Paeaebo 2014 Basic Books

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Pääbo S (2014) Neanderthal man. In search of lost genomes. Basic Books, New York:275 pp.

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Paeaebo Svante (2014) Basic Books

Abstract: 'The Neanderthals live on in many of us today' (p 199).

Neanderthal Man tells the story of geneticist Svante Pääbo's mission to answer this question, and recounts his ultimately successful efforts to genetically define what makes us different from our Neanderthal cousins. Beginning with the study of DNA in Egyptian mummies in the early 1980s and culminating in the sequencing of the Neanderthal genome in 2010, Neanderthal Man describes the events, intrigues, failures, and triumphs of these scientifically rich years through the lens of the pioneer and inventor of the field of ancient DNA.

We learn that Neanderthal genes offer a unique window into the lives of our hominin relatives and may hold the key to unlocking the mystery of why humans survived while Neanderthals went extinct. Drawing on genetic and fossil clues, Pääbo explores what is known about the origin of modern humans and their relationship to the Neanderthals and describes the fierce debate surrounding the nature of the two species' interactions. His findings have not only redrawn our family tree, but recast the fundamentals of human history—the biological beginnings of fully modern Homo sapiens, the direct ancestors of all people alive today.

A riveting story about a visionary researcher and the nature of scientific inquiry, Neanderthal Man offers rich insight into the fundamental question of who we are.

Bioblast editor: Gnaiger E

Selected quotes

  • p 4: First, wee needed to repeat the experiment – not just the past step but all steps, .. And then a third step was necessary .. namely, repetition of the results in another lab, an unusual step in a typically competitive scientific field.
  • p 16: .. our weekly lab meetings with the subgroup of my lab .. Throughout my career I have found these extensive discussions with scientists working in my lab to be very useful; indeed, I think they have been crucial to whatever success we have had. In such discussions, ideas that would never occur to people focusing solely on their own work are often hatched. Moreover, scientists without a personal stake in a project's outcome provide a reality check, since they are free of the wishful thinking all too common among those who are working on a project they love and on which their scientific future may depend.
  • p 18: Nature .. Science .. They often seemed more interested in publishing papers that would give them coverage in the New York Times and other major media outlets than in making sure the results were sound and likely to hold up.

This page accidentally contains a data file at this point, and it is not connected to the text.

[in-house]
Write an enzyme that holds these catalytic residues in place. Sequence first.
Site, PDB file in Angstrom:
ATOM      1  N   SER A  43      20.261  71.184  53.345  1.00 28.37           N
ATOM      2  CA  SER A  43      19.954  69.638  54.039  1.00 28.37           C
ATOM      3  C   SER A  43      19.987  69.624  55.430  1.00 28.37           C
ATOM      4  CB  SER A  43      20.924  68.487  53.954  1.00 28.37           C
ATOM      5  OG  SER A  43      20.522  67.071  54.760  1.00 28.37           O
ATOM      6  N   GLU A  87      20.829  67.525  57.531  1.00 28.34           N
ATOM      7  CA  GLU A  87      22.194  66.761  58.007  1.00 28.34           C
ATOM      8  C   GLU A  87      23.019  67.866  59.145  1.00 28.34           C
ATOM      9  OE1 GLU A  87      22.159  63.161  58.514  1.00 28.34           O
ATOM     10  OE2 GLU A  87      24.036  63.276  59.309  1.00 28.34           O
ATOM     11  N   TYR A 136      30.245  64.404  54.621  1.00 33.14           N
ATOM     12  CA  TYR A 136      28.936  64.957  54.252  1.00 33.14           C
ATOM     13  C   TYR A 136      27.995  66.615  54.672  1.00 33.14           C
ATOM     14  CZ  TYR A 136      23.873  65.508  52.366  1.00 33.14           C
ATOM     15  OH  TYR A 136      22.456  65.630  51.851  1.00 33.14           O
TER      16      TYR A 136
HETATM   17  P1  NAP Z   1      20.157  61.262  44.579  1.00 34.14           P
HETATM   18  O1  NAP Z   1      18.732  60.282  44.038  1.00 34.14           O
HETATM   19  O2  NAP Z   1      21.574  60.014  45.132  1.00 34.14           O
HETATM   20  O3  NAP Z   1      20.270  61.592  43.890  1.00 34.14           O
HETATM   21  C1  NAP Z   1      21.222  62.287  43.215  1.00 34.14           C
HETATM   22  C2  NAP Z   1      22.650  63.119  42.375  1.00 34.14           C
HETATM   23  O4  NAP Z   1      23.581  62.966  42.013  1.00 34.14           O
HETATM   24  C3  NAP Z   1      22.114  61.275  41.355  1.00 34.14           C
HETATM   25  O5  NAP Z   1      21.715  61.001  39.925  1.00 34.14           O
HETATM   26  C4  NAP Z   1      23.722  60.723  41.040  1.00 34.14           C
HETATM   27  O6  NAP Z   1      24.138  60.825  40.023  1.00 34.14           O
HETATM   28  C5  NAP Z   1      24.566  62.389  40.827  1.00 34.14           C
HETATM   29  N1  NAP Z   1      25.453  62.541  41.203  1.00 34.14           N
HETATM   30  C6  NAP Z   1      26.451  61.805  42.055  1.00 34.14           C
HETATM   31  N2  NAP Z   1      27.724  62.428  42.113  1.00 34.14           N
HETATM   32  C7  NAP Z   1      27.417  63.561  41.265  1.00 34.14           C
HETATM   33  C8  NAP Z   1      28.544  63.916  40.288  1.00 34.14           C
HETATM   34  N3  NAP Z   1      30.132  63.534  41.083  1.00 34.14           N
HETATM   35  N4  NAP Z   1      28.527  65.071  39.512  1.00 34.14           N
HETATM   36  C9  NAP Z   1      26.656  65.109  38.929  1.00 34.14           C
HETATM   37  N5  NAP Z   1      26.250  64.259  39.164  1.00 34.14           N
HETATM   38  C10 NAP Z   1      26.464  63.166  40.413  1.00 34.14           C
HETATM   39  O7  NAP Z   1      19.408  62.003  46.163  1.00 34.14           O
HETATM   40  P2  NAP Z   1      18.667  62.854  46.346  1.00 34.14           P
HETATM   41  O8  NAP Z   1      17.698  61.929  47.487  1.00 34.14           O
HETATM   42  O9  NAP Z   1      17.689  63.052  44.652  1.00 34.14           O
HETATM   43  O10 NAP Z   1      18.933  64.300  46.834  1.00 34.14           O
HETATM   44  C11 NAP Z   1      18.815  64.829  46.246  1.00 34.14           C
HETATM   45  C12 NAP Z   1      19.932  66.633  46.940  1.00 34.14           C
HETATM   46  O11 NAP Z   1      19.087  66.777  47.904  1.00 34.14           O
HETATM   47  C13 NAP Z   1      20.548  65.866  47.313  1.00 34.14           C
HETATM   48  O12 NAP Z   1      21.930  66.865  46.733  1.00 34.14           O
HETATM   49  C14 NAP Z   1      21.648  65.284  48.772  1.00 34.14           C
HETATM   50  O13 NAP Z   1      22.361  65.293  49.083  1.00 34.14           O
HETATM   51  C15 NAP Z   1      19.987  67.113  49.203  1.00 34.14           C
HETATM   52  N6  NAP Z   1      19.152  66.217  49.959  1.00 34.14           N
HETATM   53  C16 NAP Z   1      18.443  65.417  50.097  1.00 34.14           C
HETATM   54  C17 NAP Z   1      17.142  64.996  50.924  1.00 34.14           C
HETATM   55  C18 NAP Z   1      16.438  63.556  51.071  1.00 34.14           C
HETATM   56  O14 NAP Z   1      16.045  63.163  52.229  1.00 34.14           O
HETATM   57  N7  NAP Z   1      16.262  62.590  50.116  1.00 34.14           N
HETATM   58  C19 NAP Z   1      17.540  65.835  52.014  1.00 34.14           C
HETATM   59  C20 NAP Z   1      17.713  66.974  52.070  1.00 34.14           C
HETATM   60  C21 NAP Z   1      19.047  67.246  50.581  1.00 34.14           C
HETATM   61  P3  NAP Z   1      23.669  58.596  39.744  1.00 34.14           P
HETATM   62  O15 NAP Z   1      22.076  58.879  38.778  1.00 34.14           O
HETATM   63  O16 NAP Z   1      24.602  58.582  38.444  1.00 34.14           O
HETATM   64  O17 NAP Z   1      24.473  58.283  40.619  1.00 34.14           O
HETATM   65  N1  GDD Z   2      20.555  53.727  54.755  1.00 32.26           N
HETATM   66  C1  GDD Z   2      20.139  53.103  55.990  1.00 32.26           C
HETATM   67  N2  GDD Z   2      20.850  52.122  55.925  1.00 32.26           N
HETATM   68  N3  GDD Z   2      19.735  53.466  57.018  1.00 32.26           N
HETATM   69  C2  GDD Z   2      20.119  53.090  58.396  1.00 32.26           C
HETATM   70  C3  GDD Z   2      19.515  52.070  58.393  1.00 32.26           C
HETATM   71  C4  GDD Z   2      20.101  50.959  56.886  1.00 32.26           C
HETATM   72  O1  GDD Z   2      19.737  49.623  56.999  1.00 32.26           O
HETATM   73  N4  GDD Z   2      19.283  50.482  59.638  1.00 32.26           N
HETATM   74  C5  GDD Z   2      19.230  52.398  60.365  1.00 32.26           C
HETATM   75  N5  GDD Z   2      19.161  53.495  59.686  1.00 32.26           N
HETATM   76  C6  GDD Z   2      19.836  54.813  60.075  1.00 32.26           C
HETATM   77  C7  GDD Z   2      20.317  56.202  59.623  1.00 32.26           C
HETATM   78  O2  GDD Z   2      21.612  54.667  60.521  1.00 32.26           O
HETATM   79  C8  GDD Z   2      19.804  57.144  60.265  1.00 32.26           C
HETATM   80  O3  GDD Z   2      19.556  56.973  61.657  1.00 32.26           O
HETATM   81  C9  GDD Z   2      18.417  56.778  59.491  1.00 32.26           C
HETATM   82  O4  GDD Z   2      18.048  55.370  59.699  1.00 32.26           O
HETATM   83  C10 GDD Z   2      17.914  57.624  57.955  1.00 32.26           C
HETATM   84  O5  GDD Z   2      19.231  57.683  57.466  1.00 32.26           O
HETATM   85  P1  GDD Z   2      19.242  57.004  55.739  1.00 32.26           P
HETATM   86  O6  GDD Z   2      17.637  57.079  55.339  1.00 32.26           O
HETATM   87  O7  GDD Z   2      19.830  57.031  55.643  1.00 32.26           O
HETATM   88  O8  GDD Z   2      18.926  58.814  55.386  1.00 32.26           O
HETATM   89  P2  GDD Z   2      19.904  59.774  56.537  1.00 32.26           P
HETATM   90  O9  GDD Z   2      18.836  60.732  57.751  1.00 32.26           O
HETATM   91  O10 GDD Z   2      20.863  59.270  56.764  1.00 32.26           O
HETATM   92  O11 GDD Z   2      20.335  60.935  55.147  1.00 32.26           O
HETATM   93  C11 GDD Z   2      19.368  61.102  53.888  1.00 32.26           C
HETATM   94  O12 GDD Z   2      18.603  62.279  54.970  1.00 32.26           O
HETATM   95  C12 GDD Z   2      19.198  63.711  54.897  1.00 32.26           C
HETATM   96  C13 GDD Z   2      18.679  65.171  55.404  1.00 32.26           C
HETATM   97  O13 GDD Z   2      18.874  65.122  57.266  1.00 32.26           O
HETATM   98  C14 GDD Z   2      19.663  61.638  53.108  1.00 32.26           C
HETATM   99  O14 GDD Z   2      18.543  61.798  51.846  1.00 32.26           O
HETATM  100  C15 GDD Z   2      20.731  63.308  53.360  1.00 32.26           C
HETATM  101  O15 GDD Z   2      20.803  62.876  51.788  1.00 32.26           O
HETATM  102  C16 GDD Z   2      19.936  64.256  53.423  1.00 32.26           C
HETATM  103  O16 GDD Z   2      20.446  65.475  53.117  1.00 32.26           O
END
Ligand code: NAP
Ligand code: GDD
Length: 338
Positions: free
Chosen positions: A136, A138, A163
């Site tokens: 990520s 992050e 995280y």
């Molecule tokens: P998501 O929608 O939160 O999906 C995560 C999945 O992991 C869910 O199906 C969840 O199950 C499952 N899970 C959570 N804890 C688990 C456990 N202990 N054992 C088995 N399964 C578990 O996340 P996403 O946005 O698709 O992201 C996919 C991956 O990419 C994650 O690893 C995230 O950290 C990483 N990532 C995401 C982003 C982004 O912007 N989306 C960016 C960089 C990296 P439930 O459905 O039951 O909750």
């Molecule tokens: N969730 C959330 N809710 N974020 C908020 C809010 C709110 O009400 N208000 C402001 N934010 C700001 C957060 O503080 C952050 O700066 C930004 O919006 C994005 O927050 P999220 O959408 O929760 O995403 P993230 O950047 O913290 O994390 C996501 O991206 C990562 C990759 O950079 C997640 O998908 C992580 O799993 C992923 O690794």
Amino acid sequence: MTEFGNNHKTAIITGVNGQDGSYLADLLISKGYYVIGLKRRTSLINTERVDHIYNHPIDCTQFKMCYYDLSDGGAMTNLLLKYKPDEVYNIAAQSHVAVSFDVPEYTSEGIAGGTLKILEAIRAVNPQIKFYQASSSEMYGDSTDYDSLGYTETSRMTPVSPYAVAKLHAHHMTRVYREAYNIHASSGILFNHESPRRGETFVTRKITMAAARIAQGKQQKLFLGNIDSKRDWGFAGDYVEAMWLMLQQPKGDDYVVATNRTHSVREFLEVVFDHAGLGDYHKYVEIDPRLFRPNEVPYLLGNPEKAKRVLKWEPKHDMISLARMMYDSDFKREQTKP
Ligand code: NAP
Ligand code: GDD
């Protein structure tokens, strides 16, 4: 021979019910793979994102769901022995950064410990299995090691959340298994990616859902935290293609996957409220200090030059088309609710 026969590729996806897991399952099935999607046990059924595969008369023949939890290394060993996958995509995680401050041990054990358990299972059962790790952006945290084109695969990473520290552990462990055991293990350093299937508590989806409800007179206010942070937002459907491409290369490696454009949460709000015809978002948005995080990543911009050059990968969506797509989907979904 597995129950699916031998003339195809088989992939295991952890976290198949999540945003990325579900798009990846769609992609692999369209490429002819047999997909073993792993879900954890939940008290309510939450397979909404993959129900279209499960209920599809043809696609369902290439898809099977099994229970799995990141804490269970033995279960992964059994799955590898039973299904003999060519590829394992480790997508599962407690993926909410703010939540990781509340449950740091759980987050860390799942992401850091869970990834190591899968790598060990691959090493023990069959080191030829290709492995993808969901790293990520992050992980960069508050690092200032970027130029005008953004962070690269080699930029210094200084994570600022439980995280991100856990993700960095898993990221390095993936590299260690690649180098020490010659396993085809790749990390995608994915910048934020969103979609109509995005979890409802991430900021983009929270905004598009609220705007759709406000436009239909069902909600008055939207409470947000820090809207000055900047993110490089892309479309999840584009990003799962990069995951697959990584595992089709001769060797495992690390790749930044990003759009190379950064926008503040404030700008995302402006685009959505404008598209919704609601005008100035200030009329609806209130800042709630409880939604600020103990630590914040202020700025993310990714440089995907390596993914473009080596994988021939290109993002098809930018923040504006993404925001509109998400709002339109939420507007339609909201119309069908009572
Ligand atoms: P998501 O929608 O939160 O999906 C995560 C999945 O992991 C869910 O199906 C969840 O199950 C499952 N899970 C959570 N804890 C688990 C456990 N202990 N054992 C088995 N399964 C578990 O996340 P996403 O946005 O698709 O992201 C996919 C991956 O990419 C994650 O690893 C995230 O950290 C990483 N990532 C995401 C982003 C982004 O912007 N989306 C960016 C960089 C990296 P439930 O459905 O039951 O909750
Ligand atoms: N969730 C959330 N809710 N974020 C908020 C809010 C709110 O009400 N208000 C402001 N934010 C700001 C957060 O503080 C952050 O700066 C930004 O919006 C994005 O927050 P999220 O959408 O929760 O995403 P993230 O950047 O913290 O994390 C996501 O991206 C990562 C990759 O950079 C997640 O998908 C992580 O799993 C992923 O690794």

• p 33: To check on my experiment, I did controls – an essential thing in any laboratory experiment. For example, I repeated the exact process in parallel but added no mummy DNA to the plasmid, and also repeated the process but added modern human DNA.
  • p 34: I needed to talk to my thesis adviser, .. I asked if he might perhaps want to be a co-author with me on the paper, in his capacity as my adviser. Obviously, I had underestimated the man. Rather then scolding me for what could have been seen a misappropriation of research funds and valuable time, he seemed amused. He promised to read the manuscript and said that, no, obviously he should not be the co-author of work that he hadn't even been aware of.
  • This was what science was supposed to be about: reproducibility of results!
  • p 51: We recommended that a "blank extract" – that is, an extract with no ancient tissue but containing all other reagents to be used – be processed in parallel every time extractions from old specimens were performed.
  • p 52 .. the ancient DNA field tends to attract people without a firm background in molecular biology or biochemistry .. The practice what we in the lab liked to privately call "molecular biology without a license".
  • p 56: As we were painstakingly developing methods to detect and eliminate contamination, we were frustrated by flashy publications in Nature and Science ..
  • p 61: nevertheless, once results are published, it is even more difficult to show that they are wrong and explain where the contamination came from. .. "Let's stop playing the PCR police." We determined from then on to ignore those reports we thought were wrong and concentrate on our own work.
  • p 65: As always, I insisted that we first pay attention to the technical side of things.
  • p 86: I decided that the area where our departmental seminars and weekly research meetings were held should be open to the corridor, to do away with the feeling that a meeting was a closed affair for invited participants only. Anyone coming by should be able to listen in, contribute to the discussions, and leave again.